• JeffWeimer

    That portion may be marginalizing itself, but it likes to spend money on politicians.

    Also, he has to throw them a bone somewhere. It’s this, or fracking. This is the smaller impact.

    • USNK2

      agree – follow his fundraising tour.
      However, does he really want
      to be the American president who lost CANADA?
      The delays on the Keystone pipeline have already strained relations, which were already a bit strained over SecHilary’s fumbles with Canada over the Arctic Nations issues.
      no wonder Montana’s Brian Schweitzer
      has suggested a bid in 2016. We’ll have to get Canada back as our bff.

      • Corlyss

        “does he really want
        to be the American president who lost CANADA?”
        We have yet to plumb the depths of how little he cares about foreign affairs and allies.

        • JeffWeimer

          I just don’t think he has an appreciation for the consequences of his actions and words.

          • rheddles

            I bet he does.

          • JeffWeimer

            I think it may only be as far as it aggrandizes himself at the moment and no farther – witness the Syria Debacle.

          • rheddles

            You are assuming the guy is a stupid captive of his narcissistic ego. He’s not. He’s quite intelligent as well as charming to a certain segment.

            Mistakes are to be expected, but this uninterrupted string around the globe indicates volition as part of a larger plan. Watch what I do not what I say.

          • JeffWeimer

            Yes I do assume that. Hanlon’s Razor explains much of his actions internationally – he simply doesn’t want to be bothered other than being seen as on the “correct” side of an issue he’s dragged into. Internally, I’m almost certain it’s a passive-aggressive malevolence. Sequester and Shutdown theater are evidence of that.

          • Kavanna

            He doesn’t know and doesn’t care. He’s a massive narcissist who’s heard nothing but praise from sycophants, flunkeys, major media, and … oh yes, the campus affirmative action office.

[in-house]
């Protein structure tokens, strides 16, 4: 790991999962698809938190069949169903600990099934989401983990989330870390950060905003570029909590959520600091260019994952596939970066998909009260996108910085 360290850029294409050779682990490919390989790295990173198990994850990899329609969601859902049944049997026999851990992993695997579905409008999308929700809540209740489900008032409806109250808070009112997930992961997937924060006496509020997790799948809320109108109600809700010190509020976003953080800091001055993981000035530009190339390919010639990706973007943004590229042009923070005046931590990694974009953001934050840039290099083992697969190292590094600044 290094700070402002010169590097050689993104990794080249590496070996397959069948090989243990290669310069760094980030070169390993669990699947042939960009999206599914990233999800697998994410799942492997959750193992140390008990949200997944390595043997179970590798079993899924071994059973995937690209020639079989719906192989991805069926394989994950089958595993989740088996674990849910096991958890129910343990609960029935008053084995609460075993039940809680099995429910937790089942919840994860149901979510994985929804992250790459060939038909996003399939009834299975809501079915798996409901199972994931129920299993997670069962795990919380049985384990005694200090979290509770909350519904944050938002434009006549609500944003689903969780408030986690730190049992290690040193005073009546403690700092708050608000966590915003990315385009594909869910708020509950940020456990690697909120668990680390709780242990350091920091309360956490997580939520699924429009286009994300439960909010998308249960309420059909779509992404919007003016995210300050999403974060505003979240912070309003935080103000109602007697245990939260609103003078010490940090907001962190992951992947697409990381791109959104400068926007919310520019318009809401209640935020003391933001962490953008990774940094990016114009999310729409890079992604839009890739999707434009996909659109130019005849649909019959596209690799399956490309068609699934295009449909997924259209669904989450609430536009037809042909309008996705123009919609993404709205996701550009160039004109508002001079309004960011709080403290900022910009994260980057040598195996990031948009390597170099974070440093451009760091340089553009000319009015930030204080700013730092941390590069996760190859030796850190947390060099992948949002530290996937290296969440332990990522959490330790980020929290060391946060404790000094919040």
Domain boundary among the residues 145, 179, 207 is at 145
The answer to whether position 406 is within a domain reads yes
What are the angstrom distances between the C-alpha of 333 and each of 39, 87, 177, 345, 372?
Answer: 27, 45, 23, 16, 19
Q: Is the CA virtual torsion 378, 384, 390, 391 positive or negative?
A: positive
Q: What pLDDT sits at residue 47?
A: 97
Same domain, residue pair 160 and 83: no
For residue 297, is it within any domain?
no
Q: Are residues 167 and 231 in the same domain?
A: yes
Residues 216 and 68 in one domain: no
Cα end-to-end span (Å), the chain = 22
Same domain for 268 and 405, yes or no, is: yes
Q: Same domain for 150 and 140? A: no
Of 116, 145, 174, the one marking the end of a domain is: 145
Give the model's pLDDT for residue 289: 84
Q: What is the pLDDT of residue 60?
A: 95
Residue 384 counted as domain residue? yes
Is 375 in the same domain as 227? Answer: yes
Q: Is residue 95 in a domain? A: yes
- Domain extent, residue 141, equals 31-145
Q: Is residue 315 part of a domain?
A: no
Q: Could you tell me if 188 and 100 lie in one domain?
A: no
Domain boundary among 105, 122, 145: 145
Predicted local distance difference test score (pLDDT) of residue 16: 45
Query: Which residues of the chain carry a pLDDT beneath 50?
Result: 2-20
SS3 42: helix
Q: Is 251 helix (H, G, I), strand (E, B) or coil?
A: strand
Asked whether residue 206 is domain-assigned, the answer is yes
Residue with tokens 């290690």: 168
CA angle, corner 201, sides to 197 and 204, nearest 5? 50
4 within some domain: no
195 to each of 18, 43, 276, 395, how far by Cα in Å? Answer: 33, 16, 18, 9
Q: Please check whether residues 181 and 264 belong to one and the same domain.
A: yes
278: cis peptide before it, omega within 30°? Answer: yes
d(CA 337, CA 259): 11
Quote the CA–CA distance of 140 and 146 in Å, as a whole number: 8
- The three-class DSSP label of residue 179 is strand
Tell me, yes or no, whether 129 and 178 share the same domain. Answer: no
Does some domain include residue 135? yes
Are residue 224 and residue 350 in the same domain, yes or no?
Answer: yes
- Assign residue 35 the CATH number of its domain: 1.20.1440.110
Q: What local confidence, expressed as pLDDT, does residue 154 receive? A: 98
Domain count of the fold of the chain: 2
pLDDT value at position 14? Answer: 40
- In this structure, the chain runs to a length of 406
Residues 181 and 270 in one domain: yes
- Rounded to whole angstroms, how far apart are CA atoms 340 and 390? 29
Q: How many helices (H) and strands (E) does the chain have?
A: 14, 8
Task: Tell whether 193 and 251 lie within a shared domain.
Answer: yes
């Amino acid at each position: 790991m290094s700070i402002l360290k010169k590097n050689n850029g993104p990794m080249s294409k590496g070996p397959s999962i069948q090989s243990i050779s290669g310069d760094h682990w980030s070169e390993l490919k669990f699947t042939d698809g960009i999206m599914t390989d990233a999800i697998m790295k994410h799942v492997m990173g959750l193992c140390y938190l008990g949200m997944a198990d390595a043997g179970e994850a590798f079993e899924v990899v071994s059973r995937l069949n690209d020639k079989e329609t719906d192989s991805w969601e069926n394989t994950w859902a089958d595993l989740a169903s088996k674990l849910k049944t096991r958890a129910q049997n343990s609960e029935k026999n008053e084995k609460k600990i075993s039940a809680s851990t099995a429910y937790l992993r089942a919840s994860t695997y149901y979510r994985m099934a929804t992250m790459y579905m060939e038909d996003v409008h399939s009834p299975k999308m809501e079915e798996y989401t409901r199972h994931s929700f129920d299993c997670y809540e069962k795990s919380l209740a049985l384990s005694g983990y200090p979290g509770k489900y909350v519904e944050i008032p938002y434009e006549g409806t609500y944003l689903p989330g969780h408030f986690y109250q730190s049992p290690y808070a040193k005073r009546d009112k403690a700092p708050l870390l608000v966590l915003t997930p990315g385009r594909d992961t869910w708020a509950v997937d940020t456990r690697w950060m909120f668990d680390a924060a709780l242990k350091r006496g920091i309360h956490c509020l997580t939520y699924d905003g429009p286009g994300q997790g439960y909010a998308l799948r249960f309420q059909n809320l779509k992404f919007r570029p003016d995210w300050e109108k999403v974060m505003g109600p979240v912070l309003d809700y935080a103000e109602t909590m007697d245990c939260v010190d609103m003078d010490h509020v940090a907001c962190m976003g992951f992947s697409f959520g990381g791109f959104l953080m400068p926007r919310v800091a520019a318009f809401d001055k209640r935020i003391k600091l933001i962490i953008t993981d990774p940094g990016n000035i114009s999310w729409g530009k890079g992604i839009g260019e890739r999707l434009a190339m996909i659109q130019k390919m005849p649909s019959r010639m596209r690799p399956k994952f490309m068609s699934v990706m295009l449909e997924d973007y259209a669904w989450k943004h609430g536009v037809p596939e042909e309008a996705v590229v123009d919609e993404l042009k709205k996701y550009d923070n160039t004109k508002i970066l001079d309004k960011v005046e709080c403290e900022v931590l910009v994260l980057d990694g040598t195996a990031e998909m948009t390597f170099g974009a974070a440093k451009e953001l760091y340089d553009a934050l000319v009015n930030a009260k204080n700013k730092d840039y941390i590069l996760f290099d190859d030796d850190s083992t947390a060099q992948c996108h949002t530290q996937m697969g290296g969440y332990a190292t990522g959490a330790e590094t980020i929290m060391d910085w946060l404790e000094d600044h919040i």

• Kevin

    Canadians aren’t going to vote for Deomcrats in 2014 no matter what Obama does. Greens may or may not depending on what he does.

  • Mark Michael

    Dr. Judith Curry posted about an interesting new poll, the “Golden State Poll,” done by the Hoover Institute, from which she quotes, “respondents were concerned about climate change — and that concern crossed party and ideological lines. But not a single liberal in our survey dismissed climate change as a ‘not at all serious ‘problem,’ and a scant 4 percent were open to the idea that global climate change might be a ‘not very serious’ problem.” See:

    In other words, 24 out of 25 liberals are totally convinced that man’s CO2 emissions are a grave threat to mankind’s future and merit spending huge sums of money – trillions of dollars over decades – to counter those emissions. That’s after a 15-year pause in the increase in the average global temperature that even the UN IPCC reluctantly admits to in the 9-27-2013 5th Report.

    I was listening to the Jim Lehrer NewsHour last night (20-24-2013) and Judy Woodruff was interviewing Obama’s nominee for the EPA Gina McCarthy (I think that’s her name; she may already be approved by the Senate; forget). Between the two of them, it was clearly “settled science” that even something as problematic as carbon sequestration for coal-fired electric utility power generation plants and even natural gas power plants was taken for granted. It’s my understanding that carbon sequestration is proving to be much more expensive than they had projected at the start of several experimental projects. This Hoover Institute Golden State Poll tells us why I now understand. It also tells us why GOP politicians in “blue” states almost invariably mumble something about pro-AGW being their position. (Think Chris Christie, Kelly Ayotte, Susan Collins.)

    • Kavanna